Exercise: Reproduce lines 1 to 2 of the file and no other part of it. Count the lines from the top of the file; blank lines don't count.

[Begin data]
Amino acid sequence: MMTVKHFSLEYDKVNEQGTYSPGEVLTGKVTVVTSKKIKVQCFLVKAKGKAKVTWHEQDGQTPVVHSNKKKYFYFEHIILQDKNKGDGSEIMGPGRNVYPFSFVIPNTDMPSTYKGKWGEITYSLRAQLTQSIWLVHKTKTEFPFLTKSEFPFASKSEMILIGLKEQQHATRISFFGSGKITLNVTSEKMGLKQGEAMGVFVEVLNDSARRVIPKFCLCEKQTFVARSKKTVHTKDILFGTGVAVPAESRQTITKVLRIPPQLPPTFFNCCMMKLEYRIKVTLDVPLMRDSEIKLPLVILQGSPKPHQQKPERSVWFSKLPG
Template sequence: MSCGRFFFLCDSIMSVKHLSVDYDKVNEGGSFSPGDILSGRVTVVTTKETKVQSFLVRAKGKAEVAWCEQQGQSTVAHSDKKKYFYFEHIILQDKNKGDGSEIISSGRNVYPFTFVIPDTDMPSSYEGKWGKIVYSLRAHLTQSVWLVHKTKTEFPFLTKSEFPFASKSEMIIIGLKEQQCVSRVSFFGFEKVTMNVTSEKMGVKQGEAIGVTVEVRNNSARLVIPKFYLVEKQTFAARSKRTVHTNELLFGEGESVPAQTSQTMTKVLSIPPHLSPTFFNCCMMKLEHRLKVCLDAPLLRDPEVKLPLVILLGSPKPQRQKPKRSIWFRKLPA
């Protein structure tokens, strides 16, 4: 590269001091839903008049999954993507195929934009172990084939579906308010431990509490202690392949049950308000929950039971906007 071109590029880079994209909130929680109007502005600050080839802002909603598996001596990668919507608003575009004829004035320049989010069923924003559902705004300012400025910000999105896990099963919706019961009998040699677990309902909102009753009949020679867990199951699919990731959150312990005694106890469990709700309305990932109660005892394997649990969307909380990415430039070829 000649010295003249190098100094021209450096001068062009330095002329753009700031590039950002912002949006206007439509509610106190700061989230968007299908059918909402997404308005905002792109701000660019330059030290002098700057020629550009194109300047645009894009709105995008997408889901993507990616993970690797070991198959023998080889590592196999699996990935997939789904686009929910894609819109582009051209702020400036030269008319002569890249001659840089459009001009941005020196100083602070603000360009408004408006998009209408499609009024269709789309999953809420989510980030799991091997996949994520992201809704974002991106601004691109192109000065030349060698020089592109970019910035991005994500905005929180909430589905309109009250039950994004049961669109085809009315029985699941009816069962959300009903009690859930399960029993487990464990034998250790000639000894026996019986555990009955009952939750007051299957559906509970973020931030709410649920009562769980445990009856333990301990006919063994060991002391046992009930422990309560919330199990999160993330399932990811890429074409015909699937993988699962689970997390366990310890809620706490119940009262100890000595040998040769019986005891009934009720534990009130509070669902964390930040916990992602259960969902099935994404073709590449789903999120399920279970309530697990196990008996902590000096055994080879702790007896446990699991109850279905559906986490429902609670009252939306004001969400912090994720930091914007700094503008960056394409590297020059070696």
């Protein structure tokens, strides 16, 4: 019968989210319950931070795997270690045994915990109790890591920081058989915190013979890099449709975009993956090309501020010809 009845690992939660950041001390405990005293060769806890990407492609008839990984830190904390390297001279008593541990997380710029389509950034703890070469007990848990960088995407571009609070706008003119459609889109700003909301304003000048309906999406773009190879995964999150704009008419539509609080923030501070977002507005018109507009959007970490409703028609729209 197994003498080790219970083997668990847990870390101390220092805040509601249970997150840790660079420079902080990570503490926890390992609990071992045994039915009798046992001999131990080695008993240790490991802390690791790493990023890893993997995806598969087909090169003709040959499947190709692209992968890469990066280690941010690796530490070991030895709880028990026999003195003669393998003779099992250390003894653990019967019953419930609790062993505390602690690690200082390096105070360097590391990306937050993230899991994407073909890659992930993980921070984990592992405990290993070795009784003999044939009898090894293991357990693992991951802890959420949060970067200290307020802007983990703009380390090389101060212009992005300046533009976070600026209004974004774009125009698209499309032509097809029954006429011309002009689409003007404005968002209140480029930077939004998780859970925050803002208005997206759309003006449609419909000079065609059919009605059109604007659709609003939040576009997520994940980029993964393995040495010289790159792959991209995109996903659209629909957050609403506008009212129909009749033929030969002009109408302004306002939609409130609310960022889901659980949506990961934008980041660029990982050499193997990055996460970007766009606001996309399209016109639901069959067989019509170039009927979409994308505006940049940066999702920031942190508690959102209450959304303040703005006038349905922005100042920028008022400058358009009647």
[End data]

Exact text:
Amino acid sequence: MMTVKHFSLEYDKVNEQGTYSPGEVLTGKVTVVTSKKIKVQCFLVKAKGKAKVTWHEQDGQTPVVHSNKKKYFYFEHIILQDKNKGDGSEIMGPGRNVYPFSFVIPNTDMPSTYKGKWGEITYSLRAQLTQSIWLVHKTKTEFPFLTKSEFPFASKSEMILIGLKEQQHATRISFFGSGKITLNVTSEKMGLKQGEAMGVFVEVLNDSARRVIPKFCLCEKQTFVARSKKTVHTKDILFGTGVAVPAESRQTITKVLRIPPQLPPTFFNCCMMKLEYRIKVTLDVPLMRDSEIKLPLVILQGSPKPHQQKPERSVWFSKLPG
Template sequence: MSCGRFFFLCDSIMSVKHLSVDYDKVNEGGSFSPGDILSGRVTVVTTKETKVQSFLVRAKGKAEVAWCEQQGQSTVAHSDKKKYFYFEHIILQDKNKGDGSEIISSGRNVYPFTFVIPDTDMPSSYEGKWGKIVYSLRAHLTQSVWLVHKTKTEFPFLTKSEFPFASKSEMIIIGLKEQQCVSRVSFFGFEKVTMNVTSEKMGVKQGEAIGVTVEVRNNSARLVIPKFYLVEKQTFAARSKRTVHTNELLFGEGESVPAQTSQTMTKVLSIPPHLSPTFFNCCMMKLEHRLKVCLDAPLLRDPEVKLPLVILLGSPKPQRQKPKRSIWFRKLPA